In this Newsletter...

We feature current research, events and outreach activities at SDSU's Coastal and Marine Institute Laboratory.

In this issue:

Hip Hop + Science: Using science rhymes to expand student minds

Photo of the Month
Shout outs!

Photo of the Month:

Chelsea Rochman graduates with a PhD
M.S. Candidate, Amalia Harrington's thesis in progress. The experiment  was designed to examine how the presence and size of conspecifics impact relative survival of subadult (i.e. 50-60 mm carapace length) California spiny lobsters. The artificial shelters (shown in photo) had standardized dimensions, and she varied the number and size of lobsters in each shelter. Then she assessed relative survival after seven days. (Photo: Amalia Harrington)



San Diego Coastkeeper is teaming up with SeaWorld Cares for the 2nd Mission Possible: Clean the Bay Day! Join this year on National Make a difference Day to enjoy a day on Mission Bay and help keep it clean! Participants have the chance to win SeaWorld prizes and can enjoy lunch from Rubio's following the event. Click here for more information and directions.

What: Mission Possible: Clean the Bay Day
When: October 26th, 8am-11am 
WhereMission Bay, San Diego

Shout outs:

Congratulations to Alex Warneke! She is one of the few chosen candidates to join Fabien Cousteau and the Mission 31 team at the Reef Base Aquarius in November. Mission 31 is a historic 31-day mission in the laboratory, Aquarius. This mission is one day longer than the original Conshelf II mission led by Fabien’s grandfather, Jacques Cousteau, in 1963. It will showcase the value of saturation diving from underwater laboratories for ocean exploration, and highlight the severe challenges facing our planet. One of the last underwater habitats, Aquarius allows scientists the ability to live underwater and investigate the marine science of coral reefs. Furthermore, from Aquarius we will be able to bring the discovery of undersea exploration to a world stage through daily video conferences and social media tools. For more info, follow her adventures at Deep Sea News starting November 1st!

The Aquarius, where Alex will spend 31 days under the sea (Photo: NOAA)

Hip Hop + Science: 
Using science rhymes to expand student minds

 By Dr. Jeremy Long, Assistant Professor, SDSU

Attracting under-served students to scientific disciplines like ecology remains a significant challenge. Such students may feel disconnected from science because our lessons, textbooks, and papers are filled with unfamiliar terms and concepts. Yet these same students share a common interest in popular music, especially hip hop. Thus, a growing movement in science education uses hip hop to connect our youth to science. For example, the Science Genius organization successfully teaches science through rap to New York City Public School students. This recent movement has succeeded because of the expertise and foresight of a college professor (Dr. Christopher Emdin from Columbia University) and a popular rap artist (GZA, from the Wu Tang Clan). To “represent” the West Coast in this growing shift in educational strategy, my lab has begun to use music to teach science at Mar Vista High School in Imperial Beach. During spring 2013, I brought ~30 amazing students from Mar Vista’s Poseidon Academy to SDSU to train them on software to create scientific music videos about predator-prey interactions. They learned new software, met current SDSU students, and participated in their first visits to a college campus. Two of the awesome music videos produced, “That Seal Meal” and “Urchins All Day,” are publicly available on Youtube (see links below).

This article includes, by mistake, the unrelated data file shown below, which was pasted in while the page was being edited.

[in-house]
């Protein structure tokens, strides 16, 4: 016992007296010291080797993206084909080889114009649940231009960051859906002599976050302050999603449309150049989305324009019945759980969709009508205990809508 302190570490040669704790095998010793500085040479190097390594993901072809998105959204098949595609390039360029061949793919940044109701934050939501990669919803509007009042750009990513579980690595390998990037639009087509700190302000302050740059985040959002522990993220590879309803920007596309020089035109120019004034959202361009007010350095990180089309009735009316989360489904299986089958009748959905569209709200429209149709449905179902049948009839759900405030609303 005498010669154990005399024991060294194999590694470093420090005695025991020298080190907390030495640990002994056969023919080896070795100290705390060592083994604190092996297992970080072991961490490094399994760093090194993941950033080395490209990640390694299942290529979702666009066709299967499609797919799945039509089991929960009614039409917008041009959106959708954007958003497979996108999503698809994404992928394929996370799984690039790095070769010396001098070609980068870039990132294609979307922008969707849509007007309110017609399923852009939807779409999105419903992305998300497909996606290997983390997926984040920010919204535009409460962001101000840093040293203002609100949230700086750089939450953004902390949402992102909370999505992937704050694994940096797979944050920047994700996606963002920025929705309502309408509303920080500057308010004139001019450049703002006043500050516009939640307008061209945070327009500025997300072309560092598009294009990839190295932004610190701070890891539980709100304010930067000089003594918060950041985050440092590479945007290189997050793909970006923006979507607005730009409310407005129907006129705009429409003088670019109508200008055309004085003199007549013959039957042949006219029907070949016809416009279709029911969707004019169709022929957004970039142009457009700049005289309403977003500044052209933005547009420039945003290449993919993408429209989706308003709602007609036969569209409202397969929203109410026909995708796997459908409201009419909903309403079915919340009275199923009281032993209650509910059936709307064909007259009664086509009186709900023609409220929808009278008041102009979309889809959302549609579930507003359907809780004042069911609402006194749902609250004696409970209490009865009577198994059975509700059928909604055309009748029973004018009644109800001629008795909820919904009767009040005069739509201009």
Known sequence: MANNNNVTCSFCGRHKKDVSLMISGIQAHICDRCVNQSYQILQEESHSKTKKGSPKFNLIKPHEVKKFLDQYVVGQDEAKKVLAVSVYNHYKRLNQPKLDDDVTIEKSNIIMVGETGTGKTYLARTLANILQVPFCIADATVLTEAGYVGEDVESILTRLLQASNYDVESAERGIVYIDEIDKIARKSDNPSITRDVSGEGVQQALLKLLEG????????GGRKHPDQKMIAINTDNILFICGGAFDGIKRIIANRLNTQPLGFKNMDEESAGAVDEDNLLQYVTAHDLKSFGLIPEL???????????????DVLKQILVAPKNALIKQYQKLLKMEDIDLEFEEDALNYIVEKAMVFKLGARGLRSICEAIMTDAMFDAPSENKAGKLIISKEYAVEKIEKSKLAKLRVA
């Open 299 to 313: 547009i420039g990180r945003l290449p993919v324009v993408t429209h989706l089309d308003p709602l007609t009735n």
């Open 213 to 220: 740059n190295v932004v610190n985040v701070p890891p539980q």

Sunset bongo tow.

Mar Vista High students are all smiles while learning how to add vocals to instrumental tracks at an SDSU computer lab (Photo: H. Jacobs).

This fall, we are repeating this exercise with several important improvements. First, we have assembled an all-star team of SDSU Ecology Graduate Students that will work with small groups of high school students. The high school students will learn about cutting edge local research while our graduate students will receive free educational videos about their projects. Second, we are developing curricula with San Diego hip hop artists including Parker Edison and Generik (see links below). During an upcoming class visit next month, we will team up with these artists to immerse the students in the world of hip hop and science. Highlights of this visit will include students tagging paper with scientific graffiti about research in my lab, students developing science lyrics with input from the rappers, and students sharing their lyrics with their peers (aka, a rap cypher). I believe that radical change is needed to better attract under-served students to ecology – more traditional, lecture based approaches are clearly ineffective. Or, in the words of Andre 3000 from the rap group Outkast, “Speeches only reaches those who already know about it, this is how we go about it.” In our case, “this” equals hip hop plus science.

Parker Edison raps to Jeremy Long’s Chemical Ecology class at SDSU (Photo: J. Long).
That Seal Meal
Urchins All Day
Parker Edison 


Dr. Jeremy Long's Youtube Channel mixes science with popular tunes.

As of September 15, 2013, Jeremy’s Youtube Channel has 32,059 views.
Mar Vista High students learn to edit scientific songs using the program Garageband (Photo: T. Shanklin).

Mar Vista High students learn to edit scientific songs using the program Garageband (Photo: T. Shanklin).

Jeremy is also partnering with a local film crew, Rowlberto Productions, to improve the production value of his science music videos.

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